Silo Speedway gets the red light


Aerial view of the construction at Silo Raceway near Felton on Tuesday. (Delaware State News/Marc Clery)

Aerial view of the construction at Silo Raceway near Felton on Tuesday. (Delaware State News/Marc Clery)

FELTON — Silo Speedway sits silent following the winds of controversy that have swirled around the facility for the past 10 months.

Meanwhile, it’s business as usual for neighboring Pizzadili Vineyard and Winery, Seafood City and residents of the Felton Heights development.

Kent County Superior Court Resident Judge William L. Witham Jr. rendered an opinion Friday that led to the reversal of the county Board of Adjustment’s Feb. 18 decision that allowed Silo Speedway to be built in what turned out to be an erroneous building zone for such a facility.

Brooks Banta, president of Kent County Levy Court, chose not to comment on the Superior Court’s reversal.

However, Kent County Levy Court Commissioner Eric Buckson, who represents the 4th District, said he wasn’t surprised by the decision.

“I believe it’s an unfortunate situation for everybody,” he said. “I do believe that the court, when it took a look at our zoning ordinances, was correct in that I don’t think [the General Business District designation] was applied properly [to the racetrack] when it was originally processed.

“It’s just an unfortunate situation where the codes are not always clear and the county made a mistake in issuing it the way we did. Now we just have to move forward from this.”

Difference of opinions

Ron Faison, owner of the racetrack, has said the facility was hoping to provide an opportunity for young and older participants alike to learn how to race, allow families to have an affordable entertainment option and also provide jobs to the area.

Opponents to Silo Speedway cited concerns of noise, dust, crowds and traffic at the track, which had planned to host races on Friday nights from April until mid-November.

“I’m really glad [with the Superior Court’s decision]. It is what it is,” said David Mench, owner of Seafood City, located just to the east of the quarter-mile dirt track. “I wasn’t really [mad] about it, it’s just that I didn’t want the noise and I didn’t want the dust.

“They practiced [at the track] one day and the wind was blowing and I’ve got an outside bar and that bar probably had an inch of dust on it. So it would have been a problem. They don’t think so, but it’s not in their backyard.”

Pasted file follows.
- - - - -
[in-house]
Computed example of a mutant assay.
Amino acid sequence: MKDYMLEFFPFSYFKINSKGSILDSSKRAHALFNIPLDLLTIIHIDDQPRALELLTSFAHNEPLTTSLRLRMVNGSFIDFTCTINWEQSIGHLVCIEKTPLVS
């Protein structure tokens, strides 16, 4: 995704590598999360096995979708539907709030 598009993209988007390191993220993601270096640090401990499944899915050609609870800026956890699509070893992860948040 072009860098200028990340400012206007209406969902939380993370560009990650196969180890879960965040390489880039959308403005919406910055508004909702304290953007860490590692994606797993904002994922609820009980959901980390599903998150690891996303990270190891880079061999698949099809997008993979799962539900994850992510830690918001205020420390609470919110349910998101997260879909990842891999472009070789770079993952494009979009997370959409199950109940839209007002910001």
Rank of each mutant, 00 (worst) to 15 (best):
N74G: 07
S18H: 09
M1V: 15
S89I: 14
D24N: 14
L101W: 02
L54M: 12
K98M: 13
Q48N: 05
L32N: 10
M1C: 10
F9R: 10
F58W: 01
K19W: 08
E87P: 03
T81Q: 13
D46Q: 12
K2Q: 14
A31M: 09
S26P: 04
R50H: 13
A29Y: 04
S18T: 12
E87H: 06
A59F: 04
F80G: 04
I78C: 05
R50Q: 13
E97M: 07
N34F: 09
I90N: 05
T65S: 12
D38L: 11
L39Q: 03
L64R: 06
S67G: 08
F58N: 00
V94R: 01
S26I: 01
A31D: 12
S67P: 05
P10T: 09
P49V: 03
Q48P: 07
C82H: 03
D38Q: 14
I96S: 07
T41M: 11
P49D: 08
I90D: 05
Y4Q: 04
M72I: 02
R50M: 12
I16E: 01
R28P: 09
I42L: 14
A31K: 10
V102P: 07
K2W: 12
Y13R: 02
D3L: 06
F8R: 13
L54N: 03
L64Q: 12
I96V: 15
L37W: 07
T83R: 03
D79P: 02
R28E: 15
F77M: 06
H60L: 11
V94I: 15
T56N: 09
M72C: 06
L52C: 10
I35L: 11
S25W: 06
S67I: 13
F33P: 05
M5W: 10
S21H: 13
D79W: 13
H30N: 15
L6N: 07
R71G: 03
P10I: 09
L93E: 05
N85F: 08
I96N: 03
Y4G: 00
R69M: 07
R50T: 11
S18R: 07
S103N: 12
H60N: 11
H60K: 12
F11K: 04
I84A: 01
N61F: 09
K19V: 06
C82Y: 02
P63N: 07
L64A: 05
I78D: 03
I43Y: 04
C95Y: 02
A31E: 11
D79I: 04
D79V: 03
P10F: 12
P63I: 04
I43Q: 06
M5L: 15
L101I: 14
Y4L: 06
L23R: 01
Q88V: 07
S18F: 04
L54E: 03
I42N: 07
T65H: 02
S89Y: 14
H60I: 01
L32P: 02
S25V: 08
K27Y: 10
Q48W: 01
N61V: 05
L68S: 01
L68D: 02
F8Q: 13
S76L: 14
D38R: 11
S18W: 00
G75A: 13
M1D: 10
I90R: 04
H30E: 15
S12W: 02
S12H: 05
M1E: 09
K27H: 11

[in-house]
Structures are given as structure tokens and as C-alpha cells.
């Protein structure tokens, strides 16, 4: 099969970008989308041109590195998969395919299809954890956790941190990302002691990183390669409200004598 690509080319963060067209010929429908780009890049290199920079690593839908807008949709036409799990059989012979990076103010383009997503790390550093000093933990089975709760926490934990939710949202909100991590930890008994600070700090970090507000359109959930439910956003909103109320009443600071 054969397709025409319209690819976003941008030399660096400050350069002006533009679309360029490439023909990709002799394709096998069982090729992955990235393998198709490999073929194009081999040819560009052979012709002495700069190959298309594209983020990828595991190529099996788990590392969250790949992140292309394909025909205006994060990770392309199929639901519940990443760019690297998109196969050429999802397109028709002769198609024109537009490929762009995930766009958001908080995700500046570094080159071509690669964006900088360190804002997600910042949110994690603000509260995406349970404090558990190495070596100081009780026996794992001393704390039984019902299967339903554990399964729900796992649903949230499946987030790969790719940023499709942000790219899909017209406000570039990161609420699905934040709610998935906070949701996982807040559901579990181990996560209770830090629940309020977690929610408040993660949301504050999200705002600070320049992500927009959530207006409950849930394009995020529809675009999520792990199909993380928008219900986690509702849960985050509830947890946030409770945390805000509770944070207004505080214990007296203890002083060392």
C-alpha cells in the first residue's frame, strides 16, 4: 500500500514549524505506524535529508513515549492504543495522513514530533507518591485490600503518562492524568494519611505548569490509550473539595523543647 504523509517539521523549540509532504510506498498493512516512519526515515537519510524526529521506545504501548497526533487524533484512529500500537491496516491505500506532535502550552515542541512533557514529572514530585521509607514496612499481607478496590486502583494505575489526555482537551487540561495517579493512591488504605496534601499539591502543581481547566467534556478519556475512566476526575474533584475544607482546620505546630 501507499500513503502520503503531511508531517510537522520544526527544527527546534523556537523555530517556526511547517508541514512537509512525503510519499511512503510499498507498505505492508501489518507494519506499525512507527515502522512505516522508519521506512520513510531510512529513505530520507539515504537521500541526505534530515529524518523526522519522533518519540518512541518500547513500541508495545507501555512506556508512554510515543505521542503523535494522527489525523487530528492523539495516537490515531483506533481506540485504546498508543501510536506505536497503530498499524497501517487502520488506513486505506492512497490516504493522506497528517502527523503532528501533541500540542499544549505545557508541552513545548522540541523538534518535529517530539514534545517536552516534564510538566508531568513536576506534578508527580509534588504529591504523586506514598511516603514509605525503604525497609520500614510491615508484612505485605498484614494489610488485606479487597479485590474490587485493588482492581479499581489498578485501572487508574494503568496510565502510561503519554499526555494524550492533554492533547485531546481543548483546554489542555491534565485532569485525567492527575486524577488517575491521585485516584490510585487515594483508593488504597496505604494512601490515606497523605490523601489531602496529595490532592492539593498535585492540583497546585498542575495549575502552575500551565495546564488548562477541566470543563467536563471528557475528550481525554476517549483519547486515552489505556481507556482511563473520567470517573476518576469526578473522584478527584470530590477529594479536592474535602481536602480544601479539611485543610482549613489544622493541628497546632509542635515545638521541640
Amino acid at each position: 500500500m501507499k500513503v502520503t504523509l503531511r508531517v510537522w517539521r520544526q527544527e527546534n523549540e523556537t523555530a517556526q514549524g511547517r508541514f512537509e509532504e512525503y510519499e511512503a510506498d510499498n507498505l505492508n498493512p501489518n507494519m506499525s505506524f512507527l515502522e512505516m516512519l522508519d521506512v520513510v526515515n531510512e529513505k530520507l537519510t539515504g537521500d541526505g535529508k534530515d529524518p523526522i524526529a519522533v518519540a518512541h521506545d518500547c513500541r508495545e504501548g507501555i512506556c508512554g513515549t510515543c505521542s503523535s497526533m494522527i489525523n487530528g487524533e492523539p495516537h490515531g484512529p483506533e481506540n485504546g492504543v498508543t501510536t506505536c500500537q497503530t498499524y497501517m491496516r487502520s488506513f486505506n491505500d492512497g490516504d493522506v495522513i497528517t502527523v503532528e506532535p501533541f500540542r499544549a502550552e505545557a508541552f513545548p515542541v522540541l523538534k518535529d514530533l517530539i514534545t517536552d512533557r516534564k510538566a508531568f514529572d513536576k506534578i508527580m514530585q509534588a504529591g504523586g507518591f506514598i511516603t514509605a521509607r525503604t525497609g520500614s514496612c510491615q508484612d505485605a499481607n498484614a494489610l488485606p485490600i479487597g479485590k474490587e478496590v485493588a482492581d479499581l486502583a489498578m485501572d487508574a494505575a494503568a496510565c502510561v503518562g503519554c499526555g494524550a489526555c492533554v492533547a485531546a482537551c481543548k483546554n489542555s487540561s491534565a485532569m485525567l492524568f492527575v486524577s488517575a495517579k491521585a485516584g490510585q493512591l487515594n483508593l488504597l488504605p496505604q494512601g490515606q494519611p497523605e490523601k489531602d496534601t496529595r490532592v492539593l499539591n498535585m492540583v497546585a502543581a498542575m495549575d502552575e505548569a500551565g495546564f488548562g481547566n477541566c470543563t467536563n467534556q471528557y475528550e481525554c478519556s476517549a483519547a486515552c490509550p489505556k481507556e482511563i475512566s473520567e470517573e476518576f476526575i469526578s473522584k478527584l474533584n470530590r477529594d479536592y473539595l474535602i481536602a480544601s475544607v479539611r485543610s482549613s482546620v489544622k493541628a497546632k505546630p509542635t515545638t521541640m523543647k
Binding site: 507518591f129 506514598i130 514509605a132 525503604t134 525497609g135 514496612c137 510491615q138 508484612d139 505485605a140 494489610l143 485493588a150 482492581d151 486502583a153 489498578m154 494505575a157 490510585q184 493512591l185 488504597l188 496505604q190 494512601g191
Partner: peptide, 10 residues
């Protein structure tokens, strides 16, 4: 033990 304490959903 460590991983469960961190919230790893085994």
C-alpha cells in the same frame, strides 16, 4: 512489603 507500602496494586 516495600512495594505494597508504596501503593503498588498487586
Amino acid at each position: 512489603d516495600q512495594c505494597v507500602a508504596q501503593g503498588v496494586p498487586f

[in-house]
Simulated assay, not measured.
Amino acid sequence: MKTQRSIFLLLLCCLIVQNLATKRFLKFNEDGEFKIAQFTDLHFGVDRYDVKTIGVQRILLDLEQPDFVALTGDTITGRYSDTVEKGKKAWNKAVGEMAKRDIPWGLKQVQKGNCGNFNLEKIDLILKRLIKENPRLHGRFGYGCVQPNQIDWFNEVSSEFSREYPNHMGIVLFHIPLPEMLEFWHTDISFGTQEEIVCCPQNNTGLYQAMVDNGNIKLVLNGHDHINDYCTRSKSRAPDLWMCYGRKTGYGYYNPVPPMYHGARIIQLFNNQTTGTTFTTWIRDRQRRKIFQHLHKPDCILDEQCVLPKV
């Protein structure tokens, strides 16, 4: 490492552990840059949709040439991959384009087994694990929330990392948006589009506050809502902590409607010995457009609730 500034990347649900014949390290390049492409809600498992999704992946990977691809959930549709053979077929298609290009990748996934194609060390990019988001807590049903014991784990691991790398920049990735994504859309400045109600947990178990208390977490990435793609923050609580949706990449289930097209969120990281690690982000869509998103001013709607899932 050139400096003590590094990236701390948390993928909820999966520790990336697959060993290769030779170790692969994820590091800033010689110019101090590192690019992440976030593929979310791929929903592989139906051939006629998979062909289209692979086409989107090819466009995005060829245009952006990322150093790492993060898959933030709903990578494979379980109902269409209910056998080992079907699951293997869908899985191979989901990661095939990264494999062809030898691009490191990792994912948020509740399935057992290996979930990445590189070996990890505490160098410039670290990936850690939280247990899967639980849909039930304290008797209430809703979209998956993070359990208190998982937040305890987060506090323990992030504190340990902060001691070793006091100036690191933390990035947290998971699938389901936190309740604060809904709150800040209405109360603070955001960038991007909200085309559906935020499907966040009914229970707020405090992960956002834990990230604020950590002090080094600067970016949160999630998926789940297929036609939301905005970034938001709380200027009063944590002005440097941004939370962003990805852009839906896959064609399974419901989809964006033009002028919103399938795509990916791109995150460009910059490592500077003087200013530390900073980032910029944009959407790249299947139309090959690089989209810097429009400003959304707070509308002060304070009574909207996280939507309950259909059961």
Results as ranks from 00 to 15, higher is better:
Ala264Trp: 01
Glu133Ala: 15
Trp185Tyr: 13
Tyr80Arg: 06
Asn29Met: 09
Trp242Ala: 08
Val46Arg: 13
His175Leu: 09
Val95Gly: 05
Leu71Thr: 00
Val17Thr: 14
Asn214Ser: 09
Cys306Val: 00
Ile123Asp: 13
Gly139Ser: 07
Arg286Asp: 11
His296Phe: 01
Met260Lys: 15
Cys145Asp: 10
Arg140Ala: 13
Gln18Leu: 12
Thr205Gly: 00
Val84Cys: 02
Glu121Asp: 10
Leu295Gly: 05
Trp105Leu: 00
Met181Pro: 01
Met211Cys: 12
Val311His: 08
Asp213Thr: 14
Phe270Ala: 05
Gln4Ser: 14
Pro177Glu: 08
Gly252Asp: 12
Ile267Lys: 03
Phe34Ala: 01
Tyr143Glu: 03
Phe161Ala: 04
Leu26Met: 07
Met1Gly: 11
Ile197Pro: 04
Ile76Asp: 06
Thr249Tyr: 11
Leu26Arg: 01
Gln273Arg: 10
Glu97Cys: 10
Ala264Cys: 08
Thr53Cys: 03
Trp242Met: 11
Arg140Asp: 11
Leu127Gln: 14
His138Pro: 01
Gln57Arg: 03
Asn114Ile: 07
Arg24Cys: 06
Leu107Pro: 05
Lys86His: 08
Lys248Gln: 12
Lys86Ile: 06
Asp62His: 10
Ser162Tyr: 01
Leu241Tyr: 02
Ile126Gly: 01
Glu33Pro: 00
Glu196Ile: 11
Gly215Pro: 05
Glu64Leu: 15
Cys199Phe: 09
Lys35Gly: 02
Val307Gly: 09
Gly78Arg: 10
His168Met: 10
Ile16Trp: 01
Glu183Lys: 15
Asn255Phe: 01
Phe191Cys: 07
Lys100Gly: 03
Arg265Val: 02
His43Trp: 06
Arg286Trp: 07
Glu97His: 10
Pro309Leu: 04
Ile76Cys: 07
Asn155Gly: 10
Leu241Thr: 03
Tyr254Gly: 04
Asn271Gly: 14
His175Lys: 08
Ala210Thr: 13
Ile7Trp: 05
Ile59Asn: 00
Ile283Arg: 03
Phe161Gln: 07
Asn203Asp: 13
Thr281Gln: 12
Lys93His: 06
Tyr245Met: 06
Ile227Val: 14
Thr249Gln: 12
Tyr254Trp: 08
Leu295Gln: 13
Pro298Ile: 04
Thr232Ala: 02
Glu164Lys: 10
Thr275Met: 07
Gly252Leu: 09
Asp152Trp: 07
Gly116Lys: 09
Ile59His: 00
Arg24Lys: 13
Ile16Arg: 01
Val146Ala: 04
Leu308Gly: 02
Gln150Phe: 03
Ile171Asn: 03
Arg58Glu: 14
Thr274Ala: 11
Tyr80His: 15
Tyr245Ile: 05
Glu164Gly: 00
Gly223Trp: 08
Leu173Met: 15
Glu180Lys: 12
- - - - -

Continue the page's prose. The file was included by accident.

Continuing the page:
Mr. Faison did not return messages seeking comment about the judge’s decision over the weekend and on Tuesday.

Good intentions

Mr. Faison had planned to host races at the quarter-mile dirt racetrack behind the Delaware Auto Exchange auction business, which he also owns, just north of Felton at 10182 S. Dupont Highway.

Last year, he estimated the cost of the project would be from $150,000 to $200,000. The track had been scheduled to host weekly feature races in TUSA Mod Lites, USAC Speed-STR, Tobias Slingshots, Delmarva Chargers Cars and Delmarva Super Trucks divisions.

Mr. Faison said he realized he was investing in a risky business last November when he laid out his plans for the racing facility at a time when many racetracks throughout the country are struggling just to survive.

“It’s just one of those situations … it’s not one of the most profitable businesses to get into nowadays, but what we’re doing, there’s a need for it,” he said then. “And I think if you do it right and provide the need that people are looking for, we’ll be able to give families a fun and affordable place to go.”

It turned out that zoning issues, not economic ones, plagued the racetrack.

Silo Speedway did post what it called “a non-official statement” on its Facebook page Friday before apparently shutting the site down.

It stated, “Construction was on schedule to be able to race in March but we were asked by the County to cease construction until this appeal to the Superior Court was ruled. Again, we want everyone to know that we followed all orders from the County.

“Details about the decision will be coming in the near future with a full press release to be given out to the public. We are announcing this to our loyal race fans, supporters and racers themselves as a non-official statement.”

Code conflicts